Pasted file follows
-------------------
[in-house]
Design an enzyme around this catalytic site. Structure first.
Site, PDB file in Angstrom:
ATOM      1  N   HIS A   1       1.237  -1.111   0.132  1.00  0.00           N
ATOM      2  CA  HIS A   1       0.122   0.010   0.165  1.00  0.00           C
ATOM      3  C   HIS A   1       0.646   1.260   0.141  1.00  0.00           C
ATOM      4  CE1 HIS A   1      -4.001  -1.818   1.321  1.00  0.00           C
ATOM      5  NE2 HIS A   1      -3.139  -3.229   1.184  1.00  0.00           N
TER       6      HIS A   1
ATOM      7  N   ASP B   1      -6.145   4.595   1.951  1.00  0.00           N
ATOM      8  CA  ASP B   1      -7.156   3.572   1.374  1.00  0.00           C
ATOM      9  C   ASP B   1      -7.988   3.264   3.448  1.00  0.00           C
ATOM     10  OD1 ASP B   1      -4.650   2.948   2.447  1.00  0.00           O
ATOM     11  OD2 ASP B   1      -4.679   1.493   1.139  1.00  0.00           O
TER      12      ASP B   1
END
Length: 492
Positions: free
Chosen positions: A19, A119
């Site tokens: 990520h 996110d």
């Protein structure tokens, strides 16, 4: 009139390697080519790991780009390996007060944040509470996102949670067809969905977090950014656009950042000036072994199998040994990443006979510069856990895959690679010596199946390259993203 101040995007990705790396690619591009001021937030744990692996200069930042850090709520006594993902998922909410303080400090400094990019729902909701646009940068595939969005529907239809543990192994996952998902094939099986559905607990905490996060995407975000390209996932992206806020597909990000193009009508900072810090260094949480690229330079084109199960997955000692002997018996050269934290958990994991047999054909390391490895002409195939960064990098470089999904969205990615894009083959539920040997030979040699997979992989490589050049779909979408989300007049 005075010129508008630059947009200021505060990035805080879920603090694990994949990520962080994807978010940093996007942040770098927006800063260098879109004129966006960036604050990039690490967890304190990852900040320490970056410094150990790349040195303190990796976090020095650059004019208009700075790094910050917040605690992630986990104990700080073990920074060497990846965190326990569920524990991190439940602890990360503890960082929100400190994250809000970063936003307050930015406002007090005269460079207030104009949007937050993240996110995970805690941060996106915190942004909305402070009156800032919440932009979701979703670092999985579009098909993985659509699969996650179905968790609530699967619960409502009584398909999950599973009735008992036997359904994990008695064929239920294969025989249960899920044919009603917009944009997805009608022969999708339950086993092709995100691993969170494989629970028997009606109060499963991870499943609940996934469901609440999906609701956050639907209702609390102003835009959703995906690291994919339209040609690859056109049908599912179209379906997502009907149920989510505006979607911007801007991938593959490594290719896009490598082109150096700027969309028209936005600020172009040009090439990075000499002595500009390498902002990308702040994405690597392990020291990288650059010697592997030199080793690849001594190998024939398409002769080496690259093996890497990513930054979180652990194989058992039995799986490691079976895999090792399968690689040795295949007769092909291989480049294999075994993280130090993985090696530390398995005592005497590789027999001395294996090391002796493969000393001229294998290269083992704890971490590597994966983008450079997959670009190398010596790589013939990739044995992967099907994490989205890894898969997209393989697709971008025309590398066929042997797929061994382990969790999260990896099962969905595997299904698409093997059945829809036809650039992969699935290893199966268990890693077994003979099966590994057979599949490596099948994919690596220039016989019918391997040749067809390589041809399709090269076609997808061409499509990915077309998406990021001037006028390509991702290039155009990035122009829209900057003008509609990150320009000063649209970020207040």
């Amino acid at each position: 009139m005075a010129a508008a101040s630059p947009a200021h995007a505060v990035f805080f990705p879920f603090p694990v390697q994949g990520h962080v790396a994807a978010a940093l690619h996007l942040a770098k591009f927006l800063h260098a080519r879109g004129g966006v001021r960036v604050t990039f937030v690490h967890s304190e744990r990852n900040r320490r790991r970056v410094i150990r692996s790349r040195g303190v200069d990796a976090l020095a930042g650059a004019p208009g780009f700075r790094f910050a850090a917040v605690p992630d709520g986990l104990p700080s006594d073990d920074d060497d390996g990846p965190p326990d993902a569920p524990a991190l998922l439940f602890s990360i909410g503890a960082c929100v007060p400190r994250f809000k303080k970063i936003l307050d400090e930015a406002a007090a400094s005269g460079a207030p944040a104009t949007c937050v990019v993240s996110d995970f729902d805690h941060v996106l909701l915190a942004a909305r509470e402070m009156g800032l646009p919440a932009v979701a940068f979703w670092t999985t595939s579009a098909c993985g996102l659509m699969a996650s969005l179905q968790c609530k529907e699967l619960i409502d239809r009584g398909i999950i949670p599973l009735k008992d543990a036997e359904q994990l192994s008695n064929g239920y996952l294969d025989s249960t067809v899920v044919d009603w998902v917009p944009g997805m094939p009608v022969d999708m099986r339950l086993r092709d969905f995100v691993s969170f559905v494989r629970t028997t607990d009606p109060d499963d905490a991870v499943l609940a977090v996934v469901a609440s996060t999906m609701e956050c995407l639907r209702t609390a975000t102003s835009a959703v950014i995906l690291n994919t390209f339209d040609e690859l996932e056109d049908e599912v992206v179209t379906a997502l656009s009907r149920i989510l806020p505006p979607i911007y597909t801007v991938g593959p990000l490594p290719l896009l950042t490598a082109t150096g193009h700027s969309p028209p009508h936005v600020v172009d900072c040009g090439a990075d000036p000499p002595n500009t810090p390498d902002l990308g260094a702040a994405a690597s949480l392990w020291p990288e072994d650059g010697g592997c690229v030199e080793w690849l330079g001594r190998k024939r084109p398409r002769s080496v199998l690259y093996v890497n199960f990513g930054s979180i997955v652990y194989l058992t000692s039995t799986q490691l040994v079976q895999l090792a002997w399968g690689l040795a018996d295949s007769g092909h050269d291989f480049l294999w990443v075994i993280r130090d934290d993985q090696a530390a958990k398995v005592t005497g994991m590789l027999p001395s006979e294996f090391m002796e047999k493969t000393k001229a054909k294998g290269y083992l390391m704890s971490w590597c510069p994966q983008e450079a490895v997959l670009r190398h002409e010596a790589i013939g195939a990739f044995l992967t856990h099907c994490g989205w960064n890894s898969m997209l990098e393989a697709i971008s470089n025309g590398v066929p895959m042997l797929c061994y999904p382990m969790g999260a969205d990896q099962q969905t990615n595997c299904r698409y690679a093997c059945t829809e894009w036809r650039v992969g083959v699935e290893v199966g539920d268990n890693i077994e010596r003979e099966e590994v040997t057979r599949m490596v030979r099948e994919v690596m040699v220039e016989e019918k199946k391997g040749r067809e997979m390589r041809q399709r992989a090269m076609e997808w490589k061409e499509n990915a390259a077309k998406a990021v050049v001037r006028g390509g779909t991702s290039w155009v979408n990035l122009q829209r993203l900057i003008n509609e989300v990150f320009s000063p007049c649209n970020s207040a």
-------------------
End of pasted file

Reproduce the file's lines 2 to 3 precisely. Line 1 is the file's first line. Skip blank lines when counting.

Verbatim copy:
Design an enzyme around this catalytic site. Structure first.
Site, PDB file in Angstrom: